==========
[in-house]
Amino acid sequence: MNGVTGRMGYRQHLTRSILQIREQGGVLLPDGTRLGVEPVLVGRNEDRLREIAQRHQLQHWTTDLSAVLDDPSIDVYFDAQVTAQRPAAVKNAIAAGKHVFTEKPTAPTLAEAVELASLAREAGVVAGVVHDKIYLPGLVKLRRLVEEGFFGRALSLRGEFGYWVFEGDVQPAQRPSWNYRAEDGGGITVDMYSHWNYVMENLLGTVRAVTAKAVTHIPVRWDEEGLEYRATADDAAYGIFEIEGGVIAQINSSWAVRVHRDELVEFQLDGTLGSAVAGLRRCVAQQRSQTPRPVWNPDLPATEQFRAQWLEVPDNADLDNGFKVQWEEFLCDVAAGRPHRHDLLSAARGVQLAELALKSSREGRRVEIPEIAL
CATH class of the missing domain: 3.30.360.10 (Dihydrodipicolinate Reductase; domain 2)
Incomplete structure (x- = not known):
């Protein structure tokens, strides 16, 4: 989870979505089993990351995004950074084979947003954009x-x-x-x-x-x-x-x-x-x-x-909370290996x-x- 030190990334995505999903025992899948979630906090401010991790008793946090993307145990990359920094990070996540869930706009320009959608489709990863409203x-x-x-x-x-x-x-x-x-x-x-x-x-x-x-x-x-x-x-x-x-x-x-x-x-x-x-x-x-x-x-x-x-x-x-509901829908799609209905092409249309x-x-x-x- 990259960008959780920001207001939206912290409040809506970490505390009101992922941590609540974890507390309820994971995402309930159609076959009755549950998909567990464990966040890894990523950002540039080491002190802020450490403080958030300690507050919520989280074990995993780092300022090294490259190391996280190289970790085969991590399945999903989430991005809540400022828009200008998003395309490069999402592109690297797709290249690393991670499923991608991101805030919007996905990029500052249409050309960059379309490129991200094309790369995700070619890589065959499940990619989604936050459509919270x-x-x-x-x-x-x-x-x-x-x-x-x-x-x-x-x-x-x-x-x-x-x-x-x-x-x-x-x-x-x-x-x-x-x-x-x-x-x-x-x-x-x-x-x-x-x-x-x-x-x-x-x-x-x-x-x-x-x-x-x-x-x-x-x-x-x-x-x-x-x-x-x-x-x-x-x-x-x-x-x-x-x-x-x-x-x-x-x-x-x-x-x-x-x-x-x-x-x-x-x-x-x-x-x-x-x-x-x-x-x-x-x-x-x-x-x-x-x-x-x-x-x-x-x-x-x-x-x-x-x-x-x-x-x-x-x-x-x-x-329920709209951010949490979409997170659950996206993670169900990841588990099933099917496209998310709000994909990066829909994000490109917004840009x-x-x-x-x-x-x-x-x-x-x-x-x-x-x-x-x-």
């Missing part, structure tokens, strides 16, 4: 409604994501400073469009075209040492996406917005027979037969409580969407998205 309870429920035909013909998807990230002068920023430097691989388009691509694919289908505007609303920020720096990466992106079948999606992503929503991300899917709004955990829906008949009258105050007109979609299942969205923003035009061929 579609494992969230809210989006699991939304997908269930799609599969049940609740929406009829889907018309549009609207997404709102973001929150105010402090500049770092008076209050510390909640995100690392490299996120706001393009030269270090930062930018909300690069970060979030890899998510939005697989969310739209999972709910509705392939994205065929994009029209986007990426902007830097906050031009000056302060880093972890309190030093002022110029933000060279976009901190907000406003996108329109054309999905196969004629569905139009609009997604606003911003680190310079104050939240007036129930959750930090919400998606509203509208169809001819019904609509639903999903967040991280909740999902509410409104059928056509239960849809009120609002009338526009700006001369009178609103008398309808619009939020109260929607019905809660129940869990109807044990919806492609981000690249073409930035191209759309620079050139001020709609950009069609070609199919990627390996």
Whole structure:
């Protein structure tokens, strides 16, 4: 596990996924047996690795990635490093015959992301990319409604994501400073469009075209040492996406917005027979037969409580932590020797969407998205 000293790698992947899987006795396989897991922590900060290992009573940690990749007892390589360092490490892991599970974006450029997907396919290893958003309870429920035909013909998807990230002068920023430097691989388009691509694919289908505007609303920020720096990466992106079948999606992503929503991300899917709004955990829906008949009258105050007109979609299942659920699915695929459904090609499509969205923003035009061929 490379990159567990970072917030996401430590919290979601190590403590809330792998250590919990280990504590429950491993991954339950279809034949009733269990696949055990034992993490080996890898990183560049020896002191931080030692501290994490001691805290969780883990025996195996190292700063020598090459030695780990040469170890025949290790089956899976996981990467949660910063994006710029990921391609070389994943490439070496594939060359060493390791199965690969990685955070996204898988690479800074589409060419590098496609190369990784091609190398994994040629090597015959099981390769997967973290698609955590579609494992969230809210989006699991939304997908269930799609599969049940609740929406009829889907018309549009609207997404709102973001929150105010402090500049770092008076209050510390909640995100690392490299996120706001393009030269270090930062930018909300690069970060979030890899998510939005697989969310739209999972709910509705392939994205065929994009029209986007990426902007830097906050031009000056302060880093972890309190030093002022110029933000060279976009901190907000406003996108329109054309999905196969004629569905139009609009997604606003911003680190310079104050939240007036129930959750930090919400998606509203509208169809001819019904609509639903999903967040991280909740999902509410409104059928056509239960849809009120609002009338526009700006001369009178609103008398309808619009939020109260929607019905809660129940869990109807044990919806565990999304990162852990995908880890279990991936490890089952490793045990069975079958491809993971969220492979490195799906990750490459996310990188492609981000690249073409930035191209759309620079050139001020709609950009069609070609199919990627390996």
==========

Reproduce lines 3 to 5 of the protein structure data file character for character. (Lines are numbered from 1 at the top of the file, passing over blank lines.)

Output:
CATH class of the missing domain: 3.30.360.10 (Dihydrodipicolinate Reductase; domain 2)
Incomplete structure (x- = not known):
């Protein structure tokens, strides 16, 4: 989870979505089993990351995004950074084979947003954009x-x-x-x-x-x-x-x-x-x-x-909370290996x-x- 030190990334995505999903025992899948979630906090401010991790008793946090993307145990990359920094990070996540869930706009320009959608489709990863409203x-x-x-x-x-x-x-x-x-x-x-x-x-x-x-x-x-x-x-x-x-x-x-x-x-x-x-x-x-x-x-x-x-x-x-509901829908799609209905092409249309x-x-x-x- 990259960008959780920001207001939206912290409040809506970490505390009101992922941590609540974890507390309820994971995402309930159609076959009755549950998909567990464990966040890894990523950002540039080491002190802020450490403080958030300690507050919520989280074990995993780092300022090294490259190391996280190289970790085969991590399945999903989430991005809540400022828009200008998003395309490069999402592109690297797709290249690393991670499923991608991101805030919007996905990029500052249409050309960059379309490129991200094309790369995700070619890589065959499940990619989604936050459509919270x-x-x-x-x-x-x-x-x-x-x-x-x-x-x-x-x-x-x-x-x-x-x-x-x-x-x-x-x-x-x-x-x-x-x-x-x-x-x-x-x-x-x-x-x-x-x-x-x-x-x-x-x-x-x-x-x-x-x-x-x-x-x-x-x-x-x-x-x-x-x-x-x-x-x-x-x-x-x-x-x-x-x-x-x-x-x-x-x-x-x-x-x-x-x-x-x-x-x-x-x-x-x-x-x-x-x-x-x-x-x-x-x-x-x-x-x-x-x-x-x-x-x-x-x-x-x-x-x-x-x-x-x-x-x-x-x-x-x-x-329920709209951010949490979409997170659950996206993670169900990841588990099933099917496209998310709000994909990066829909994000490109917004840009x-x-x-x-x-x-x-x-x-x-x-x-x-x-x-x-x-």